Only just! I arrived at De Gaulle airport at 9.36am for a 9.35
swisschocolate flight to Zurich and then on to Africa. A cosmic swing
in my direction with the swiss running ten minutes late and I get my connection.
Grazing over dusty fields and into Dakar I smell the sweet heavy air as
we pile into the arrivals lounge and fight for baggage. Pretending to
be totally in control and NOT, I fend off all the offers of taxis, friendship,
and other services and get a hotel shuttle. My school french doesn't help.
Dakar freaked me out. Little did I know that I'd arrived in the few days
before Tabasci -- La Fete De La Moutons. Supposedly a religious sacrifice
of sheep on sunday, it was in fact a deft social custom at working out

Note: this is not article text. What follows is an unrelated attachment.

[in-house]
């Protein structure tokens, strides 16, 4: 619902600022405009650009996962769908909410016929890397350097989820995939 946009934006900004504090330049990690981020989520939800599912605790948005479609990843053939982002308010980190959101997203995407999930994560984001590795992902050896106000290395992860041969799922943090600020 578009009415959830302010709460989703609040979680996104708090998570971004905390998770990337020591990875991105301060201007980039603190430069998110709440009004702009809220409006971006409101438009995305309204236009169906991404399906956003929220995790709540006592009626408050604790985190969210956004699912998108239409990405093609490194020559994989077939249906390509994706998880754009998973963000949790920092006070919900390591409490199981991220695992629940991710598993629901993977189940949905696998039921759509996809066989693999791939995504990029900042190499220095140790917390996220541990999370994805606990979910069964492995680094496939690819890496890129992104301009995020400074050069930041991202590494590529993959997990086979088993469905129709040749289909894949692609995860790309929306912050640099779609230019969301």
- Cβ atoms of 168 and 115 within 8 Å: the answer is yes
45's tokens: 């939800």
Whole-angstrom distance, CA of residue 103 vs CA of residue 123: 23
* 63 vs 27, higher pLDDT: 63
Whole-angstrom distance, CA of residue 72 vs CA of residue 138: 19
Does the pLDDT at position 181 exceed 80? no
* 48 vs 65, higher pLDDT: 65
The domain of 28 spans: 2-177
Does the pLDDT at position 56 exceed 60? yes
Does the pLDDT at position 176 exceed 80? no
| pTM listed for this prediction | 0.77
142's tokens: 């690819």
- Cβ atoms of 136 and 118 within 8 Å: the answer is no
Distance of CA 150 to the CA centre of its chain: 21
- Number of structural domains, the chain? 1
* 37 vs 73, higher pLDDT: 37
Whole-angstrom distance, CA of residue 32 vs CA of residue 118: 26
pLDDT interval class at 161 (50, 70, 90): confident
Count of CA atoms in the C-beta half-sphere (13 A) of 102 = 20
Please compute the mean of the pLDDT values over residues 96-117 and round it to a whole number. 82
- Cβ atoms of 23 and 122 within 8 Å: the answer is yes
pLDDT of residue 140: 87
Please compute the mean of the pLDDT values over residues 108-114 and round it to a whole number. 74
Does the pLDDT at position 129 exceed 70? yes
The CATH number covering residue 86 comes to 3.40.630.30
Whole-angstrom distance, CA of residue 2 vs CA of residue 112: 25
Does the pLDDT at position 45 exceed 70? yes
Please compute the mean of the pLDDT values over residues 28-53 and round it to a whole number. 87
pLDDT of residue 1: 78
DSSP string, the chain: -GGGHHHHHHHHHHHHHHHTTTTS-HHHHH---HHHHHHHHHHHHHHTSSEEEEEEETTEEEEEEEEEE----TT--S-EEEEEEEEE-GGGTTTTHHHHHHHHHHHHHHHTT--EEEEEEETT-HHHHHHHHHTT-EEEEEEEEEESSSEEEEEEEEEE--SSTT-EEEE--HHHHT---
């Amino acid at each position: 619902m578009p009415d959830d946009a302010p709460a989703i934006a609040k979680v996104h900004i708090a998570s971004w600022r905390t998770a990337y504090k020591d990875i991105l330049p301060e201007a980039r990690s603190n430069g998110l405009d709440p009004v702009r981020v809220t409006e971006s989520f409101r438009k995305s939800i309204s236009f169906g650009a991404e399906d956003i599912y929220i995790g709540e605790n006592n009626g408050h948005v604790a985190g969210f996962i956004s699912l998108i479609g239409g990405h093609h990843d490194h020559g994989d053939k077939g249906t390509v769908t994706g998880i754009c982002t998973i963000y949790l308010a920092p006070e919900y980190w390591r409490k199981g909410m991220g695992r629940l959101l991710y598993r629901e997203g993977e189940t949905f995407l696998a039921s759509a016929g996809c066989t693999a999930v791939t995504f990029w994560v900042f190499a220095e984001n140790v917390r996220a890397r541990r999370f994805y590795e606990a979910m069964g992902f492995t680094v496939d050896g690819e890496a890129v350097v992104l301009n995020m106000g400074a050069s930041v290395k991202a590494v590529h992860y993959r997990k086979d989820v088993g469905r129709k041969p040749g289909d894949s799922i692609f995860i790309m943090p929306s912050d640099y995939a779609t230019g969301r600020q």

publicly who had cash to buy one. Cash poor after two currency devaluations,
the street hustlers were now in rare form. I was clearly to be sacrificed
I've wandered through Hillbrow in downtown Joburg, lived 14 years in Manhattan
and wandered Rio at night. But Dakar was different. That first evening
I lost 200 francs to a fellow buying me drinks at Bar de la Poste, and
following day was threatened as another demanded 150 quid for his mouton.
It's the first time I've ever truly been scared. The isolation of Dakar's
fancy sofitel hotel which I had rejected after the first night, now made
much more sense to me. Alone, very blanc, and sputtering non-sensical
french made me quite the target.
Dakar is a choking hot sprawl of concrete without much of the fantasy
bright colonial-era architecture I had hoped for. You can discover some
embassy neighborhoods that are serene, but it can also be an unrelenting
cacophony of tooting horns, incessant begging, aggressive selling, and